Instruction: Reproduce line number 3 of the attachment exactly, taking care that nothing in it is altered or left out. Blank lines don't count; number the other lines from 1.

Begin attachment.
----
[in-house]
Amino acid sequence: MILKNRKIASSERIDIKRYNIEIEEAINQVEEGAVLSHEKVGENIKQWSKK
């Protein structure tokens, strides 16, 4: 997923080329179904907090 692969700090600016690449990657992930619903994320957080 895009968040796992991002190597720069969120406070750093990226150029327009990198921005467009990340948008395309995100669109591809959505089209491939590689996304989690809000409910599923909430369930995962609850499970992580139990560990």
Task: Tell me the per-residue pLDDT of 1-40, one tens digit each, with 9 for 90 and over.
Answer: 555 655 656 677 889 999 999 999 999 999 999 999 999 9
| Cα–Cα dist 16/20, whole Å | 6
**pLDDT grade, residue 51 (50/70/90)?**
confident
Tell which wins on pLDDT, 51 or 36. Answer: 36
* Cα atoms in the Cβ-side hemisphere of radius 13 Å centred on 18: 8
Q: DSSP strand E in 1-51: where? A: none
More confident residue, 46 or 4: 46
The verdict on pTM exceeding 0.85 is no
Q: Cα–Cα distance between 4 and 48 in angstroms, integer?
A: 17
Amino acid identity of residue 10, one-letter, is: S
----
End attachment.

């Protein structure tokens, strides 16, 4: 997923080329179904907090 692969700090600016690449990657992930619903994320957080 895009968040796992991002190597720069969120406070750093990226150029327009990198921005467009990340948008395309995100669109591809959505089209491939590689996304989690809000409910599923909430369930995962609850499970992580139990560990």